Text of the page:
Lorenzo Ciannelli crosses the deck of the R/V Elakha with a fist closed tightly over his prize. “This is what we’re after,” he says, spreading his palm to reveal a half dozen flat fish pulled from the trawl net, each slightly larger than his thumbnail.
Skimming across Yaquina Bay in the research boat, Ciannelli, an Oregon State University associate professor in the College of Earth, Ocean and Atmospheric Sciences, is searching the seafloor for this slippery treasure. The tiny English sole are semitransparent and pour out of the trawl net in dozens, along with droves of scrabbling juvenile Dungeness crabs no wider than a half-dollar.
The fish Ciannelli collects are analyzed in multiple ways to help him build new understanding about the effects of hypoxia, the reduction of dissolved oxygen in aquatic environments that often occurs as a result of pollution, in bay and ocean settings. And to get that information, he has to do more than just catch them. In addition to processing the samples in his lab, Ciannelli reviews video of the English soles’ activity on the seafloor as they are snapped up by — or dart away from — the trawl.
“In general one thing that we know very little about is this coastal soft sediment environment,” Ciannelli says. “We are learning more about reef environments but for this soft sediment habitat we know very little, and I think that’s because it’s often overlooked — you look and you think there’s nothing there, but you turn it over, and they’re all there under the surface.”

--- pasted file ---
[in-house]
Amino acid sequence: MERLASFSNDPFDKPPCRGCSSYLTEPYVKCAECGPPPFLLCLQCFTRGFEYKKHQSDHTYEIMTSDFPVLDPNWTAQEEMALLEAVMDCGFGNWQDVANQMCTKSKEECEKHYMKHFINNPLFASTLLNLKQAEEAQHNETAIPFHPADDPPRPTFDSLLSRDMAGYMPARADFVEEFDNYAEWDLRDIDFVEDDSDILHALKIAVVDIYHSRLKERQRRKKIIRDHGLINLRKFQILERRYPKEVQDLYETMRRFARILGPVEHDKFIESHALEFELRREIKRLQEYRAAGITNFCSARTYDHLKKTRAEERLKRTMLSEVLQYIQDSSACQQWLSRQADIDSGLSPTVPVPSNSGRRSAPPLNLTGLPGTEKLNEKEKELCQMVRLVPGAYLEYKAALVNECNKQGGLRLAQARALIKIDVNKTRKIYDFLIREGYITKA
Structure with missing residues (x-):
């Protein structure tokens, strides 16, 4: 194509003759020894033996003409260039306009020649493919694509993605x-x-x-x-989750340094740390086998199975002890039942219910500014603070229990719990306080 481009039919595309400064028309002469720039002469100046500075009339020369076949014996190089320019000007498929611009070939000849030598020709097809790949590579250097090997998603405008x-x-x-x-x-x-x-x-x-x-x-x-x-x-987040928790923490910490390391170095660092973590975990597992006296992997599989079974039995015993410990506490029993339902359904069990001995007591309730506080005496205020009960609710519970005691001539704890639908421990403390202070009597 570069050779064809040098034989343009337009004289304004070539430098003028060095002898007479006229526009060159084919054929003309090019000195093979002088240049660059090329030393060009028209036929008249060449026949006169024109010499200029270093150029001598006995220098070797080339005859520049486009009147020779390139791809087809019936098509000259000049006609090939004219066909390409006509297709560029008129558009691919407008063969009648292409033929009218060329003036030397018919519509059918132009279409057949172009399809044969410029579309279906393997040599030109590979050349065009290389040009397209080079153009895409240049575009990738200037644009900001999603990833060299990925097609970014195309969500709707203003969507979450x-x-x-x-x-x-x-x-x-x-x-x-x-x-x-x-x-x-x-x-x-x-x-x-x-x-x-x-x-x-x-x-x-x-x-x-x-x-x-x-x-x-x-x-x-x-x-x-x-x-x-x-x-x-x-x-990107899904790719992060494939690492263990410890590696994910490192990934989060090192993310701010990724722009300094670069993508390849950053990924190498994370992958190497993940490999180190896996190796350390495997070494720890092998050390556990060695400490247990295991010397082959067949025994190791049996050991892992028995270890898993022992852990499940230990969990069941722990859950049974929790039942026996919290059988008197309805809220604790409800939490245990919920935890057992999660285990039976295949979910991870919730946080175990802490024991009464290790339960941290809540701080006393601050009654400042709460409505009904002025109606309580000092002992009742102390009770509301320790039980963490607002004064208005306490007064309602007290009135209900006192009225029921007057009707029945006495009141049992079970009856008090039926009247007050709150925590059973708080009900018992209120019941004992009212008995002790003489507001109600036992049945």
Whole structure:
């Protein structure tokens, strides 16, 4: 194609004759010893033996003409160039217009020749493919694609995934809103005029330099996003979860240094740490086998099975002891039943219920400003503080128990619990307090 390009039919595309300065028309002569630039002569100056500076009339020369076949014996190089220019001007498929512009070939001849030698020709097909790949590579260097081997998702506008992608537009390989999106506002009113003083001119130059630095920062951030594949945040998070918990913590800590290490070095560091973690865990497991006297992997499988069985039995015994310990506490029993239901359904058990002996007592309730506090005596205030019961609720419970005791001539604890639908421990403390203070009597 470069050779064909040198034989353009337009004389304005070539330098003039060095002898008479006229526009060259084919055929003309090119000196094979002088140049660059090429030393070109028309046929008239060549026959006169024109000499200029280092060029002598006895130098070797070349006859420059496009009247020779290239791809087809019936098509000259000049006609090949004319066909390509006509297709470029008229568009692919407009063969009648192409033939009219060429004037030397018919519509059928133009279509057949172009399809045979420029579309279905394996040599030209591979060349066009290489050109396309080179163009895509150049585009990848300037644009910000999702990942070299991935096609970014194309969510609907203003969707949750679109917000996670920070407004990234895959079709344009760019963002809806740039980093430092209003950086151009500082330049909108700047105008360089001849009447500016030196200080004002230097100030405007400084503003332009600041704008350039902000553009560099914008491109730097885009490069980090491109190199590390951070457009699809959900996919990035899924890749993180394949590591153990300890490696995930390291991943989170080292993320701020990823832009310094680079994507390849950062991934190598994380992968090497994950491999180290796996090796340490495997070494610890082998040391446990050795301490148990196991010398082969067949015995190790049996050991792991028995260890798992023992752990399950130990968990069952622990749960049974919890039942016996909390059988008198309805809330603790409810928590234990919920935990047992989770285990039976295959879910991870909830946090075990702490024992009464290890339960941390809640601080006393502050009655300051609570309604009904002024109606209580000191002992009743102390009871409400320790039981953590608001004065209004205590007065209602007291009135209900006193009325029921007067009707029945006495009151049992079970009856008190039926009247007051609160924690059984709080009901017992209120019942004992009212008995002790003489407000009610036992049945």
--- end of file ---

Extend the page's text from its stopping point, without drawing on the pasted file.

To expand scientific understanding of that environment, Ciannelli is combining visual observation with chemical analysis to quantify the health and energy stores of the fish. The lower oxygen levels of hypoxic conditions, often caused by pollution, can sap marine life, leaving them with depleted lipid (fat) stores and resulting in lower growth rates. With this research, Ciannelli hopes to learn more about how hypoxia is affecting fish and to help determine whether conditions in the bay or open ocean are more favorable for growth.
“We want to find out which of these environments, the bay or the ocean, functions better, and it may very well be that it’s the bay one year and the ocean the next,” Ciannelli says.
While adding clarity to scientists’ understanding of the effects of hypoxia in bay and ocean habitats is part of Ciannelli’s immediate goal, he says his work isn’t just about answering one question, but expanding the field of knowledge as much as possible.
“This is just a little piece of a mountain of knowledge that many people before us have built and many people after us certainly will add to,” Ciannelli says. “It’s really trying to add another level of information.”
Building a bigger research network
To explore his questions about marine habitats, Ciannelli has constructed a network that stretches from his office on Oregon State University’s main campus in Corvallis, to its Hatfield Marine Science Center in Newport and out across the water to his research on the R/V Elakha.
At Hatfield Marine Science Center, Mo Bancroft, a graduate student studying marine resource management, is furthering Ciannelli’s investigation with an arrangement of 18 round tanks. The tanks are connected to a pipe system that pumps a specific amount of liquid nitrogen into each, and in every tank are 10 juvenile crabs and 10 English soles.